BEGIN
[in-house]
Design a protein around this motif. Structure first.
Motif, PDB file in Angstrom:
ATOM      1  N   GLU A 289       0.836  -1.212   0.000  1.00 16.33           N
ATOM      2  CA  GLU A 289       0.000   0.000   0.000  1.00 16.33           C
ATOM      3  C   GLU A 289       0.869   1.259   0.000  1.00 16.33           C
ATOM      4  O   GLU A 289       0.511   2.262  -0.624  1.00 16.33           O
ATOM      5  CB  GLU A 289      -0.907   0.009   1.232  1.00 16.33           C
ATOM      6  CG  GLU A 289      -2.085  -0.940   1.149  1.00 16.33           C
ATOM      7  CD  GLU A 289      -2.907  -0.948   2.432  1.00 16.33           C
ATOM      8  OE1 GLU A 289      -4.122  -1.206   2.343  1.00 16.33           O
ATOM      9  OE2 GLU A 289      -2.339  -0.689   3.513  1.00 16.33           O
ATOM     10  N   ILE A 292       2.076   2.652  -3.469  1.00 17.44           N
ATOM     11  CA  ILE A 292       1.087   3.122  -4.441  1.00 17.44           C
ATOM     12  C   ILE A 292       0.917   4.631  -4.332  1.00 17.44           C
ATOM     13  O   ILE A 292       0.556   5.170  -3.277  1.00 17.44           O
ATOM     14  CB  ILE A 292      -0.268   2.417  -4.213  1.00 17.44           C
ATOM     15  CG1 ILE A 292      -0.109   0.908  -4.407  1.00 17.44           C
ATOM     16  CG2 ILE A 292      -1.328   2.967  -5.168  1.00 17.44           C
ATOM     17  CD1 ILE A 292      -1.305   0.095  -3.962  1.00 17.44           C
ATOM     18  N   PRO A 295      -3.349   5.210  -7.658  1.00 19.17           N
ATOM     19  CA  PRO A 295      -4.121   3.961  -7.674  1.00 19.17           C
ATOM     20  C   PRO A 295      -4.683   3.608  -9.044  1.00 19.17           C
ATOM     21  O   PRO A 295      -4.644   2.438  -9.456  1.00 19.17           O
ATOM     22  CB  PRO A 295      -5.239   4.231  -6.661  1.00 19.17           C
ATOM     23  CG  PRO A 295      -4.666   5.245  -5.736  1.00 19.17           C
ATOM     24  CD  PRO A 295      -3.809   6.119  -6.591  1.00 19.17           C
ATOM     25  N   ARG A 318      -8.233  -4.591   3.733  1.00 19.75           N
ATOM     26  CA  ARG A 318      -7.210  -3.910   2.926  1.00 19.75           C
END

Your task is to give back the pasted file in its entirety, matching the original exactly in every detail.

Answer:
[in-house]
Design a protein around this motif. Structure first.
Motif, PDB file in Angstrom:
ATOM      1  N   GLU A 289       0.836  -1.212   0.000  1.00 16.33           N
ATOM      2  CA  GLU A 289       0.000   0.000   0.000  1.00 16.33           C
ATOM      3  C   GLU A 289       0.869   1.259   0.000  1.00 16.33           C
ATOM      4  O   GLU A 289       0.511   2.262  -0.624  1.00 16.33           O
ATOM      5  CB  GLU A 289      -0.907   0.009   1.232  1.00 16.33           C
ATOM      6  CG  GLU A 289      -2.085  -0.940   1.149  1.00 16.33           C
ATOM      7  CD  GLU A 289      -2.907  -0.948   2.432  1.00 16.33           C
ATOM      8  OE1 GLU A 289      -4.122  -1.206   2.343  1.00 16.33           O
ATOM      9  OE2 GLU A 289      -2.339  -0.689   3.513  1.00 16.33           O
ATOM     10  N   ILE A 292       2.076   2.652  -3.469  1.00 17.44           N
ATOM     11  CA  ILE A 292       1.087   3.122  -4.441  1.00 17.44           C
ATOM     12  C   ILE A 292       0.917   4.631  -4.332  1.00 17.44           C
ATOM     13  O   ILE A 292       0.556   5.170  -3.277  1.00 17.44           O
ATOM     14  CB  ILE A 292      -0.268   2.417  -4.213  1.00 17.44           C
ATOM     15  CG1 ILE A 292      -0.109   0.908  -4.407  1.00 17.44           C
ATOM     16  CG2 ILE A 292      -1.328   2.967  -5.168  1.00 17.44           C
ATOM     17  CD1 ILE A 292      -1.305   0.095  -3.962  1.00 17.44           C
ATOM     18  N   PRO A 295      -3.349   5.210  -7.658  1.00 19.17           N
ATOM     19  CA  PRO A 295      -4.121   3.961  -7.674  1.00 19.17           C
ATOM     20  C   PRO A 295      -4.683   3.608  -9.044  1.00 19.17           C
ATOM     21  O   PRO A 295      -4.644   2.438  -9.456  1.00 19.17           O
ATOM     22  CB  PRO A 295      -5.239   4.231  -6.661  1.00 19.17           C
ATOM     23  CG  PRO A 295      -4.666   5.245  -5.736  1.00 19.17           C
ATOM     24  CD  PRO A 295      -3.809   6.119  -6.591  1.00 19.17           C
ATOM     25  N   ARG A 318      -8.233  -4.591   3.733  1.00 19.75           N
ATOM     26  CA  ARG A 318      -7.210  -3.910   2.926  1.00 19.75           C